New study investigates dolphin liberation in Korea

May 28, 2018, Ulsan National Institute of Science and Technology
From left are Sejoon Kim in the School of Energy and Chemical Engineering and Professor Bradley Tatar in the Division of General Studies at UNIST. Credit: UNIST

An international team of researchers affiliated with South Korea's Ulsan National Institute of Science and Technology (UNIST) has carried out a scientific investigation on dolphin liberation in South Korea.

"Dolphin liberation in South Korea has raised awareness of the welfare of marine animals and has resulted in the strengthening of animal protection policies and the level of welfare."

An engineering student affiliated with UNIST has recently carried out a on dolphin liberation in South Korea. The paper presents the overall analysis of the social impact of the first case of dolphin rehabilitation in Asia, which occurred in 2013.

This study has been carried out by Sejoon Kim in the School of Energy and Chemical Engineering in collaboration wit Professor Bradley Tatar in the Division of General Studies at UNIST. Their findings have been published in the April issue of the journal Coastal Management, and will be published online this month.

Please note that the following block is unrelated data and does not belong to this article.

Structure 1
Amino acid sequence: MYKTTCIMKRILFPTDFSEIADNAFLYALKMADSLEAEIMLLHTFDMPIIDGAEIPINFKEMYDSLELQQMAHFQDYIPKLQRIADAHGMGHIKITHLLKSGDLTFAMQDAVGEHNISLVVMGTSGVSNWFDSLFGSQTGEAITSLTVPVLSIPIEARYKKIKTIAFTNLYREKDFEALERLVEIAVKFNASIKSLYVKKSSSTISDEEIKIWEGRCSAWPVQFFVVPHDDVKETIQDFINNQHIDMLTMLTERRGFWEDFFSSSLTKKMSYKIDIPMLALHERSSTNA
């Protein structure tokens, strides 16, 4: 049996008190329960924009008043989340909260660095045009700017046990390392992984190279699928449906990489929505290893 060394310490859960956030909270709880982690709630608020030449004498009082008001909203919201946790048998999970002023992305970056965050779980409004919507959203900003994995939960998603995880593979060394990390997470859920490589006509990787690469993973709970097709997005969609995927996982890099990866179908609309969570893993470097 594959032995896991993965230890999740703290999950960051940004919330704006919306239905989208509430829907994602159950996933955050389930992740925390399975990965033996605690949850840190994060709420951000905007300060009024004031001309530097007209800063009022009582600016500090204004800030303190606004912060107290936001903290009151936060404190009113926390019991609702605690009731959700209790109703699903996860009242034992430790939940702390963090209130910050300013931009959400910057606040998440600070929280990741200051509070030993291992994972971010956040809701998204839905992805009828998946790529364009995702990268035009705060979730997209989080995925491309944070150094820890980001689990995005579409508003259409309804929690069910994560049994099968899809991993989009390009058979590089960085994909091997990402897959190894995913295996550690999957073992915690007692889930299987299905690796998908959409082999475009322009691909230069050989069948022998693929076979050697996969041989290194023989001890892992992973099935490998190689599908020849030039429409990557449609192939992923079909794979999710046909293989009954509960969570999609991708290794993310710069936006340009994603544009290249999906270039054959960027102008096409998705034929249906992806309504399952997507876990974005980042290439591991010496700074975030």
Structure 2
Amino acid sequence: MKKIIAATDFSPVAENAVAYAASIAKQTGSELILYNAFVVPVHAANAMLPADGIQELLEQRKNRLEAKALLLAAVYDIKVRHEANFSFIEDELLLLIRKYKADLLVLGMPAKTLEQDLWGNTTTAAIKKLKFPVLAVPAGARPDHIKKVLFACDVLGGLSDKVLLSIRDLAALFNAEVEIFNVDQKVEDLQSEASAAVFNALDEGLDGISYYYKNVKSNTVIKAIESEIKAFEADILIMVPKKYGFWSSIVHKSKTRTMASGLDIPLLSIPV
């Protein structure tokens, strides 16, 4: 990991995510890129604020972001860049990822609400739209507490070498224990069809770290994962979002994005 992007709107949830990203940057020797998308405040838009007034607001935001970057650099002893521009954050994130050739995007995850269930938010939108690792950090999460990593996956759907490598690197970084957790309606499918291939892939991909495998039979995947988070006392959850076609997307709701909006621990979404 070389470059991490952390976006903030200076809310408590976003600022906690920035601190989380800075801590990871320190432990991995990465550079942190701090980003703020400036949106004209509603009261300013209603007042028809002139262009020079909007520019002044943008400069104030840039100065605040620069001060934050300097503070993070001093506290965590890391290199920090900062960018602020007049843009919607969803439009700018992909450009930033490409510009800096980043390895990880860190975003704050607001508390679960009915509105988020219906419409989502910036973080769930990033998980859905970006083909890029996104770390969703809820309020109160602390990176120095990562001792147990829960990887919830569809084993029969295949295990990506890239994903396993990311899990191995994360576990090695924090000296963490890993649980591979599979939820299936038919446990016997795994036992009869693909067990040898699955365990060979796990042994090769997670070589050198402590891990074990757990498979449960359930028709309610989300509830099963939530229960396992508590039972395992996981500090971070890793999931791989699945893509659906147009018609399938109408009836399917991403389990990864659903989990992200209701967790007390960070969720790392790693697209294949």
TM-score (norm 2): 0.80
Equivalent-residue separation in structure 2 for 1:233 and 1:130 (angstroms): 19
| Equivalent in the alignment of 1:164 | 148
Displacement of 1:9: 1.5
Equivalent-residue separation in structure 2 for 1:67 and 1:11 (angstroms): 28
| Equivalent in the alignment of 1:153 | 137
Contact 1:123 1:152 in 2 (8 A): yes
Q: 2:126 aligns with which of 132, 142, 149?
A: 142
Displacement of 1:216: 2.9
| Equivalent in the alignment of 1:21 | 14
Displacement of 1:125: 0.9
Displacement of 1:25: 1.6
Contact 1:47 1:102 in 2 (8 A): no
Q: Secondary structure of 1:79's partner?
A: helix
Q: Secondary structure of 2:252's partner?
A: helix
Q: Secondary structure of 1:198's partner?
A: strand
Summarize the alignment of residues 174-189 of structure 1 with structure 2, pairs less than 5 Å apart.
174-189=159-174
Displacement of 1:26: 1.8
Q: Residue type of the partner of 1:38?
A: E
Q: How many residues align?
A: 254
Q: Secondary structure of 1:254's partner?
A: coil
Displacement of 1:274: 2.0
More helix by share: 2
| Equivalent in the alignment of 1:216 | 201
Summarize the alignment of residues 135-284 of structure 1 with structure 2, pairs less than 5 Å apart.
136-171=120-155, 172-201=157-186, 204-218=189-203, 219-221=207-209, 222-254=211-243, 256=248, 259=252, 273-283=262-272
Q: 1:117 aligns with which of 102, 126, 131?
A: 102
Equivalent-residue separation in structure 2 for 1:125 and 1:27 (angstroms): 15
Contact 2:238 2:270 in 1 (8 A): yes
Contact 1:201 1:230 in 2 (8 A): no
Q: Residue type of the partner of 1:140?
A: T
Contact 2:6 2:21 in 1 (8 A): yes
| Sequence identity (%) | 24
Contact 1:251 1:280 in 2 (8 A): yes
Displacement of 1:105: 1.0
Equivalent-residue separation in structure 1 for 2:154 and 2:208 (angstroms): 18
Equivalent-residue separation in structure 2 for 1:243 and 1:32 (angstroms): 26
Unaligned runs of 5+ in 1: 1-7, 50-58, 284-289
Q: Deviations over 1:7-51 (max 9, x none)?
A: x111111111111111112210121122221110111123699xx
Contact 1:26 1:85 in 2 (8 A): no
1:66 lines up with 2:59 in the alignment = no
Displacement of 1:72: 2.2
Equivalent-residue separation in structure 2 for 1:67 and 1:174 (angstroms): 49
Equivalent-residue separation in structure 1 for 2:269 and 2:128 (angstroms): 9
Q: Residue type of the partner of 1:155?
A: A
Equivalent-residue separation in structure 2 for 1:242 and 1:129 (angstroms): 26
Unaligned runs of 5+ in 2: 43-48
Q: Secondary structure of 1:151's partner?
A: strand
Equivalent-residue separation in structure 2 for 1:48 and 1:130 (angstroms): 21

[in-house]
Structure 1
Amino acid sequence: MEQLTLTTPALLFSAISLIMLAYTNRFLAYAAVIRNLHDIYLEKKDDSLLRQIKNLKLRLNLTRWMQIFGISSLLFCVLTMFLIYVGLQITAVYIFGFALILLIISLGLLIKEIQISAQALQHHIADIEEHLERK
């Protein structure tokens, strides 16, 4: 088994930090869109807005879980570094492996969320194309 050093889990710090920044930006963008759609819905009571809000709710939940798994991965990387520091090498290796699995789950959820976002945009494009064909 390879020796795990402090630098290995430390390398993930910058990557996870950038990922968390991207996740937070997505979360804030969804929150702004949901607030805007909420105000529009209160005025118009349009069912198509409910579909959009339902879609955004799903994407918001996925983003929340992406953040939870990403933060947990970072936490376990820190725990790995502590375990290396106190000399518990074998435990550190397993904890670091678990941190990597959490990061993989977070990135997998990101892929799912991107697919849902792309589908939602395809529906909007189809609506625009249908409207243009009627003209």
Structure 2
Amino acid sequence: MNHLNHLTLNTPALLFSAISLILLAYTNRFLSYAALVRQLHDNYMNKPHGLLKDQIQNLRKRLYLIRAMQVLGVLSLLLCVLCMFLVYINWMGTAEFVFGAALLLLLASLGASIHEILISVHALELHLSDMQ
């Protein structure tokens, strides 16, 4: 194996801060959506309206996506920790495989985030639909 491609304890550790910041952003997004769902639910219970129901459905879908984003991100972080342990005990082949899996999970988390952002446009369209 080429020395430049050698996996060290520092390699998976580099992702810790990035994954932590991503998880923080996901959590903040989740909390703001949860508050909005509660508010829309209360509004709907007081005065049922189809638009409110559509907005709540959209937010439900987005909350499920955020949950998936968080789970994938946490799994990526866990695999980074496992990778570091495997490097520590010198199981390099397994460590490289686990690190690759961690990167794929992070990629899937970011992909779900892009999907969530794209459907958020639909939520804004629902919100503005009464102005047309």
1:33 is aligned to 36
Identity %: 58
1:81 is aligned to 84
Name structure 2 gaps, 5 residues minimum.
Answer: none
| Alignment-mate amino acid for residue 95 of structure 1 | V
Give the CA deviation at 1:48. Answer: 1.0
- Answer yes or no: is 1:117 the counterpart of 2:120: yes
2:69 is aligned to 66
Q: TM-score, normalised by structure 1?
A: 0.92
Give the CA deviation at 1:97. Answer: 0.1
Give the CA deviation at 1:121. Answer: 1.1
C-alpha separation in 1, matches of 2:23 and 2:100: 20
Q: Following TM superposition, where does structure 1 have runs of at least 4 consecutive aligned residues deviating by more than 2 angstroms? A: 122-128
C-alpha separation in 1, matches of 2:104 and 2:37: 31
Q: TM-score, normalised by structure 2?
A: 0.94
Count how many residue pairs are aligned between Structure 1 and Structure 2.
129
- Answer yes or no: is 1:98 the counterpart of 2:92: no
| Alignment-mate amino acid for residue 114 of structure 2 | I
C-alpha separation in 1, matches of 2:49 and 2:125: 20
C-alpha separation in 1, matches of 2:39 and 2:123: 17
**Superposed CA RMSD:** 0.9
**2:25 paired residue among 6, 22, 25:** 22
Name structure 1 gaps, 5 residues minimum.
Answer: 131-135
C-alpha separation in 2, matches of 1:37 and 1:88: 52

"After the release of captive dolphins from South Korean marine parks, there has been a growing environmental movement towards the conservation and management of marine and coastal ecosystems," says Sejoon. "Although such movement relies on a single-species conservation focus and does not encompass an entire ecosystem, it has enormous symbolic significance for the welfare of ."

The research team hopes to expand their research to areas beyond the study of dolphin liberation and carry out in-depth case studies on various topics, including the whale-eating culture in Ulsan, the public perspective of dolphin shows, as well as the establishment of new types of dolphin life experience facilities.

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